Positivity of qPCR and RDT results following initial confirmation of P. falciparum-negative conversion by microscopy in two sets of specimens with frequent samples submitted over a 1-month period

The three survival distributions (Fig. 3) were found to be significantly different by log-rank test [χ2(2) = 39.62, p < 0.0001]. Specifically, survival distributions of microscopy and qPCR, as well as microscopy and RDT were found to differ significantly [χ2(1) = 14.11, p = 0.0002 and χ2(1) = 31.79, p < 0.0001, respectively].
Fig. 3

Kaplan–Meier survival curves for all three diagnostic assays

Performance characteristics of qPCR and RDT compared to microscopy for samples received after the initial specimen are summarized in Table 1. Sensitivity and specificity of qPCR were 100.0 % (95 % CI 82.8–100.0 %), and 38.1 % (95 % CI 24.0–54.3 %), respectively. PPV for qPCR was 48.0 % (95 % CI 33.9–62.4 %) and NPV was 100.0 % (95 % CI 75.9–100.0 %). Compared to microscopy, sensitivity of RDT for asexual parasitaemia was 100.0 % (95 % CI 82.8–100.0 %) and specificity was 2.4 % (95 % CI 0.1–14.1 %). PPV and NPV for RDT were 36.9 % (95 % CI 25.6–49.8 %) and 100.0 % (95 % CI 5.5–100.0 %) compared to microscopy, respectively.
Table 1

Performance characteristics of qPCR and BinaxNOW with microscopy as the reference standard for subsequent specimens

 

Reference standard: microscopy

True positives

True negatives

False positives

False negatives

qPCR

24

16

26

0

BinaxNOW

24

1

41

0

Performance characteristics of microscopy and RDT compared to qPCR are summarized in Table 2. Sensitivity and specificity of microscopy were 75.8 % (95 % CI 63.4–85.1 %) and 100.0 % (95 % CI 75.9–100.0 %), compared to qPCR, respectively. PPV was 100.0 % (95 % CI 82.8–100.0 %) and NPV was 38.1 % (95 % CI 24.0–54.3 %). Compared to qPCR, sensitivity of RDT was 100.0 % (95 % CI 91.1–100.0 %) and specificity was 6.3 % (95 % CI 0.3–32.3 %). PPV and NPV for RDT were 98.5 % (95 % CI 64.5–86.1 %) and 100.0 % (95 % CI 5.5–100.0 %) compared to qPCR, respectively. RDT had a very low specificity and PPV for asexual P. falciparum parasitaemia, regardless of comparator.
Table 2

Performance characteristics of microscopy and BinaxNOW with qPCR as the reference standard for subsequent specimens

 

Reference standard: qPCR

True positives

True negatives

False positives

False negatives

Microscopy

24

16

0

26

BinaxNOW

50

1

15

0

Discussion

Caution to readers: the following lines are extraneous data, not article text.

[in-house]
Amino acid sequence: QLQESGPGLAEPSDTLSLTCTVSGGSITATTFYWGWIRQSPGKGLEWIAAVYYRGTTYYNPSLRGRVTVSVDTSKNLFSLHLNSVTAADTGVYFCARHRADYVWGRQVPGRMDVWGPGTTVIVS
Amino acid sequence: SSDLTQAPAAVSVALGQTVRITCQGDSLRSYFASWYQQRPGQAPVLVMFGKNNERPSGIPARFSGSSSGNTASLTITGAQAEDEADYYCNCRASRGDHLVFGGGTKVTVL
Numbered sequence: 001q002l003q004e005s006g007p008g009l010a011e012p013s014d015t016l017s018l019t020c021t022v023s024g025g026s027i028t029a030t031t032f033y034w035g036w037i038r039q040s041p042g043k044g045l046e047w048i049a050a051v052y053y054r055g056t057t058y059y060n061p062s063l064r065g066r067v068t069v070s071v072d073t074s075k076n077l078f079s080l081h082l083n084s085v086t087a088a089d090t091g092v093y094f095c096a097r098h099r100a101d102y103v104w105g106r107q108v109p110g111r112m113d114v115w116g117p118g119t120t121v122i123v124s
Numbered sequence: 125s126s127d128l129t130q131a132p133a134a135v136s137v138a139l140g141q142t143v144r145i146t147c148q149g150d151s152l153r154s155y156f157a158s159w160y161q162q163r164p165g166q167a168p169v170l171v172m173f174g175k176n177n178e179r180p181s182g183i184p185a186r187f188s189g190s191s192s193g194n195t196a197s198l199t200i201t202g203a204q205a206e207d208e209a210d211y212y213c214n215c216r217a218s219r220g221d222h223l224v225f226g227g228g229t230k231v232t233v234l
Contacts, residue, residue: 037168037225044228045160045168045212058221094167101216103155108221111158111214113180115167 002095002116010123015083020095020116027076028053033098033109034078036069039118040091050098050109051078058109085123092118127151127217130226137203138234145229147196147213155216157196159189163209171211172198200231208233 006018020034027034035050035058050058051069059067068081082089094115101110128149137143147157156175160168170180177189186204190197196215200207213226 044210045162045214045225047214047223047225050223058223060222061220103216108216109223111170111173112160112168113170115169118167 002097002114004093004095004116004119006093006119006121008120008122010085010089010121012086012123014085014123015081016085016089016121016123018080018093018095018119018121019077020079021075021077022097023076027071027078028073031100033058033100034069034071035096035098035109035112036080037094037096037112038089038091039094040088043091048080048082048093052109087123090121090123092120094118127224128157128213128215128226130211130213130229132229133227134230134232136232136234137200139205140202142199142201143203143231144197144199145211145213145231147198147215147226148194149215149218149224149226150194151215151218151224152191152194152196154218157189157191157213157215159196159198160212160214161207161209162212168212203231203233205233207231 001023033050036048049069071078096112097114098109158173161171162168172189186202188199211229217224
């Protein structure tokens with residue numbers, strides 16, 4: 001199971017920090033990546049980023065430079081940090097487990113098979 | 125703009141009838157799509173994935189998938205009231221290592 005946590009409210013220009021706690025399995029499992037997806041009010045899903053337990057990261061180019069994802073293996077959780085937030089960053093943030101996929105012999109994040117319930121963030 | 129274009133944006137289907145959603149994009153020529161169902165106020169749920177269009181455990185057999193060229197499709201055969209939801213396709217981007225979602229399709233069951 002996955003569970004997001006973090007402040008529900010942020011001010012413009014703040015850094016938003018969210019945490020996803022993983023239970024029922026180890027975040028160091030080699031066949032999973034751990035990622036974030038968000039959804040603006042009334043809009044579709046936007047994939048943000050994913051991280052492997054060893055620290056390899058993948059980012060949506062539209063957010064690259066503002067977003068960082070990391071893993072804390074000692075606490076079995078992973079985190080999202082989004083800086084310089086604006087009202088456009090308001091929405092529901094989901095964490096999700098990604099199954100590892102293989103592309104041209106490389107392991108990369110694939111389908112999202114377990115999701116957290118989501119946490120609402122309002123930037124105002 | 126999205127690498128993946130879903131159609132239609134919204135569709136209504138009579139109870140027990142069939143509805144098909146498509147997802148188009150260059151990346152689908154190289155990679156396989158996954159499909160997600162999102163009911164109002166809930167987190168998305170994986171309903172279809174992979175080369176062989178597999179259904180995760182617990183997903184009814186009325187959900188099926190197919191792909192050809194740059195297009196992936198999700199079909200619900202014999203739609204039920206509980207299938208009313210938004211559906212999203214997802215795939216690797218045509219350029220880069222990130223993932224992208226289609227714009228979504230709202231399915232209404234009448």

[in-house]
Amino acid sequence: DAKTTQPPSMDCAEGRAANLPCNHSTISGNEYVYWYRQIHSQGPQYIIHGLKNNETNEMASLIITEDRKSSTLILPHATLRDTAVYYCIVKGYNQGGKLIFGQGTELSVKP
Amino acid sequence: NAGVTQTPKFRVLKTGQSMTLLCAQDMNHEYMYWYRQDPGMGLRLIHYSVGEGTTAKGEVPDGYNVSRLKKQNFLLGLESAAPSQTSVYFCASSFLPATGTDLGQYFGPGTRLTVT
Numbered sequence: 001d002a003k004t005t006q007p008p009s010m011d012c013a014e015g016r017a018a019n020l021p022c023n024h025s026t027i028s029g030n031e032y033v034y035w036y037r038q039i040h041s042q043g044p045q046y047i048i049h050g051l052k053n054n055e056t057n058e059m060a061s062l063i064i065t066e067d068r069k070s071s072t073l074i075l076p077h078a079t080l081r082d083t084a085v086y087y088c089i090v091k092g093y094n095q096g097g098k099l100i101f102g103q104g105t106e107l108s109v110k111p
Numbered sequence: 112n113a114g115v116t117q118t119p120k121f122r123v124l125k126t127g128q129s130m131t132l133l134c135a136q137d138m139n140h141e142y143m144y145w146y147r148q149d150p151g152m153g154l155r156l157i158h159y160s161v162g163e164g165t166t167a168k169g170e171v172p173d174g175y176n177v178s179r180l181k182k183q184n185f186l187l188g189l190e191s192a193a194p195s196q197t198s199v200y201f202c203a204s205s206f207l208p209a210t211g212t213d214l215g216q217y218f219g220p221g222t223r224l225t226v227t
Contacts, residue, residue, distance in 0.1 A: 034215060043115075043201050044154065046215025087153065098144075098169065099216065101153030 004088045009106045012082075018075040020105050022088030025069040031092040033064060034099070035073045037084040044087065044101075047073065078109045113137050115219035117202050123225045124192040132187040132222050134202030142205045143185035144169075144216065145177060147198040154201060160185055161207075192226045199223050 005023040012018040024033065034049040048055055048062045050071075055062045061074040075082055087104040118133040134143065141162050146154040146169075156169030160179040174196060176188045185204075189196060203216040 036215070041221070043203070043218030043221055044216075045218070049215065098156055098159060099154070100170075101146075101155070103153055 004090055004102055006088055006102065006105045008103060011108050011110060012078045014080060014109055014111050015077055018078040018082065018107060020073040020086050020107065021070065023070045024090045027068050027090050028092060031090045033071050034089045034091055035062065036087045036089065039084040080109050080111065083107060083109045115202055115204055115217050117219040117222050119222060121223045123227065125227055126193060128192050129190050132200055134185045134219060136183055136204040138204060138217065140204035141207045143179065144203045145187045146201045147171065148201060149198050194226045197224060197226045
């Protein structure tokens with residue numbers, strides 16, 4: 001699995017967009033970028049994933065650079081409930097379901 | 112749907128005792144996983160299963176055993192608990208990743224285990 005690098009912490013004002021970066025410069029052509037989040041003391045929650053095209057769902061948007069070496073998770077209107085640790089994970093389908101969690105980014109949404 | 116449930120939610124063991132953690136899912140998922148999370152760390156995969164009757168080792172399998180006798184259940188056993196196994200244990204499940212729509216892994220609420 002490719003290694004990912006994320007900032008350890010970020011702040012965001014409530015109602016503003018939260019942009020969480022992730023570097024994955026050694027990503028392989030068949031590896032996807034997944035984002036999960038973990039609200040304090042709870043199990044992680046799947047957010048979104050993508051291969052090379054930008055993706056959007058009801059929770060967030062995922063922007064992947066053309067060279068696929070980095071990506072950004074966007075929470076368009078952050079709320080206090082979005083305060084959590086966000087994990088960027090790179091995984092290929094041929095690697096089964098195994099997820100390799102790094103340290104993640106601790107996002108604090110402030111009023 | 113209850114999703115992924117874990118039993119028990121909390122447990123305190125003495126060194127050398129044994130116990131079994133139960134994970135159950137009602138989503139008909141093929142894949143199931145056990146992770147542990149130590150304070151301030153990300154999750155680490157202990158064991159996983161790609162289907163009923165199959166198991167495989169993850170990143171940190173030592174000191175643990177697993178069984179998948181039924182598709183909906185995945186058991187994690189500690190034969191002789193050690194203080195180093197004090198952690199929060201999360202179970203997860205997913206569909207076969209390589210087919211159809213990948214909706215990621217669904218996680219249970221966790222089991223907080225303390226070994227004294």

Of three main diagnostic platforms—microscopy, PCR, and RDT—microscopy is considered the gold standard [9, 10]. Furthermore, microscopy is the only available diagnostic test for malaria that can reliably differentiate sexual from asexual parasitaemia. As PCR and RDT detect parasite components rather than the whole parasite itself, clearance from the bloodstream may be delayed [2, 7], and may yield false-positive results post-treatment. In addition, sexual stages of P. falciparum (gametocytes), which have no clinical relevance, may lead to positive RDT and/or qPCR, and this may be misinterpreted by clinicians as relapse or recrudescence of asexual parasitaemia. Recommendations to perform day-7 and day-28 follow-up parasitaemia levels in falciparum malaria [11], were made prior to the widespread use of RDTs and qPCR assays in hematology and reference laboratories, and must be interpreted accordingly. Understanding the performance limitations of RDT and qPCR is imperative to correct interpretation of malaria diagnostic tests in clinical cases of malaria, particularly following appropriate administration of therapeutic anti-malarials. As laboratories are often not privy to ongoing clinical details in falciparum malaria, careful reporting of RDT and qPCR results must be undertaken, with sufficient exposition of limitations, particularly in the context of microscopic conversion to negativity.

Through survival analysis, we have documented the significant time difference in clearance of whole parasites, DNA, and HRP-2 following initial reporting of P. falciparum asexual parasitaemia. This study is limited in its ability to provide a robust estimate of clearance time for each test due to the small number of enrolled specimens and collection at different time points following the initial positive test. Furthermore, there is the potential for bias in the studied sample, as uncomplicated cases or patients who are semi-immune may be less likely to return for follow-up testing. Thus, more rapid parasite DNA or HRP-2 clearance may by under-represented in this study. Future studies with prospective enrolment of patients and daily follow-up of microscopic parasitaemia, RDT, and qPCR would address this limitation and provide a more precise estimate of clearance for each test.

Conclusions